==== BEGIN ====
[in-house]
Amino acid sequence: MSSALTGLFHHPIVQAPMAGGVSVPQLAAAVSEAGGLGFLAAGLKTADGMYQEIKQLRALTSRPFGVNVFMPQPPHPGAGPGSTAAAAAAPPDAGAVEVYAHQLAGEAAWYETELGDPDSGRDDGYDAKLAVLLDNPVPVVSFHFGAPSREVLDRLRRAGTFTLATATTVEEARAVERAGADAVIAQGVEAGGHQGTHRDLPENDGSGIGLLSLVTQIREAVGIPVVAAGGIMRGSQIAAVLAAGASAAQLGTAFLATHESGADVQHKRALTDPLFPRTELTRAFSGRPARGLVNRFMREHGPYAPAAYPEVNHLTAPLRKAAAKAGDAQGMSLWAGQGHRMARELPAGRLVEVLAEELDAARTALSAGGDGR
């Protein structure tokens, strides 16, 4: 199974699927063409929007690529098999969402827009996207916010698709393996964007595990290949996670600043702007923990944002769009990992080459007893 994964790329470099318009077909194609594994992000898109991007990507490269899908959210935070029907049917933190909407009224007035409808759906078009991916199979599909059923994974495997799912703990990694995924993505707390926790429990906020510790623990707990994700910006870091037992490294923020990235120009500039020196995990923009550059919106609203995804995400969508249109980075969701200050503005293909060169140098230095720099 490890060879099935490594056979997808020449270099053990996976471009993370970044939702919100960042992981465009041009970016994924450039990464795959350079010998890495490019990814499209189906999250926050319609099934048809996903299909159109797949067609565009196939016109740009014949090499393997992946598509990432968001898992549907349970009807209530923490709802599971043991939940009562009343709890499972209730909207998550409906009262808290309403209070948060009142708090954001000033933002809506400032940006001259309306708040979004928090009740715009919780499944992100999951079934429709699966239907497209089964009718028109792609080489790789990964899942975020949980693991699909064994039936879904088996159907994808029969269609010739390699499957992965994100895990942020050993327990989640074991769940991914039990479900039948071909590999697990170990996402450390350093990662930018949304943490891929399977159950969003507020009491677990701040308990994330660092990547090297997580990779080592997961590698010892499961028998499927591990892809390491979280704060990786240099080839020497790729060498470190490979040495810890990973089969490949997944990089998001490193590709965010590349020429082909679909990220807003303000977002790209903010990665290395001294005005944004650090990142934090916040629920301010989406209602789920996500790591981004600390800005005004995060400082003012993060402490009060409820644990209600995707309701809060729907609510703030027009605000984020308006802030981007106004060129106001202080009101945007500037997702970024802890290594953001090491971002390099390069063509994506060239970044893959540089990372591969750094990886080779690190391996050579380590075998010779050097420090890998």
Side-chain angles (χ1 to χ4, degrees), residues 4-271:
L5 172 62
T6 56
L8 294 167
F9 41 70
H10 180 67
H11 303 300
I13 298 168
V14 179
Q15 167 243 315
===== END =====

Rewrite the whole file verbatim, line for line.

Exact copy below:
[in-house]
Amino acid sequence: MSSALTGLFHHPIVQAPMAGGVSVPQLAAAVSEAGGLGFLAAGLKTADGMYQEIKQLRALTSRPFGVNVFMPQPPHPGAGPGSTAAAAAAPPDAGAVEVYAHQLAGEAAWYETELGDPDSGRDDGYDAKLAVLLDNPVPVVSFHFGAPSREVLDRLRRAGTFTLATATTVEEARAVERAGADAVIAQGVEAGGHQGTHRDLPENDGSGIGLLSLVTQIREAVGIPVVAAGGIMRGSQIAAVLAAGASAAQLGTAFLATHESGADVQHKRALTDPLFPRTELTRAFSGRPARGLVNRFMREHGPYAPAAYPEVNHLTAPLRKAAAKAGDAQGMSLWAGQGHRMARELPAGRLVEVLAEELDAARTALSAGGDGR
């Protein structure tokens, strides 16, 4: 199974699927063409929007690529098999969402827009996207916010698709393996964007595990290949996670600043702007923990944002769009990992080459007893 994964790329470099318009077909194609594994992000898109991007990507490269899908959210935070029907049917933190909407009224007035409808759906078009991916199979599909059923994974495997799912703990990694995924993505707390926790429990906020510790623990707990994700910006870091037992490294923020990235120009500039020196995990923009550059919106609203995804995400969508249109980075969701200050503005293909060169140098230095720099 490890060879099935490594056979997808020449270099053990996976471009993370970044939702919100960042992981465009041009970016994924450039990464795959350079010998890495490019990814499209189906999250926050319609099934048809996903299909159109797949067609565009196939016109740009014949090499393997992946598509990432968001898992549907349970009807209530923490709802599971043991939940009562009343709890499972209730909207998550409906009262808290309403209070948060009142708090954001000033933002809506400032940006001259309306708040979004928090009740715009919780499944992100999951079934429709699966239907497209089964009718028109792609080489790789990964899942975020949980693991699909064994039936879904088996159907994808029969269609010739390699499957992965994100895990942020050993327990989640074991769940991914039990479900039948071909590999697990170990996402450390350093990662930018949304943490891929399977159950969003507020009491677990701040308990994330660092990547090297997580990779080592997961590698010892499961028998499927591990892809390491979280704060990786240099080839020497790729060498470190490979040495810890990973089969490949997944990089998001490193590709965010590349020429082909679909990220807003303000977002790209903010990665290395001294005005944004650090990142934090916040629920301010989406209602789920996500790591981004600390800005005004995060400082003012993060402490009060409820644990209600995707309701809060729907609510703030027009605000984020308006802030981007106004060129106001202080009101945007500037997702970024802890290594953001090491971002390099390069063509994506060239970044893959540089990372591969750094990886080779690190391996050579380590075998010779050097420090890998």
Side-chain angles (χ1 to χ4, degrees), residues 4-271:
L5 172 62
T6 56
L8 294 167
F9 41 70
H10 180 67
H11 303 300
I13 298 168
V14 179
Q15 167 243 315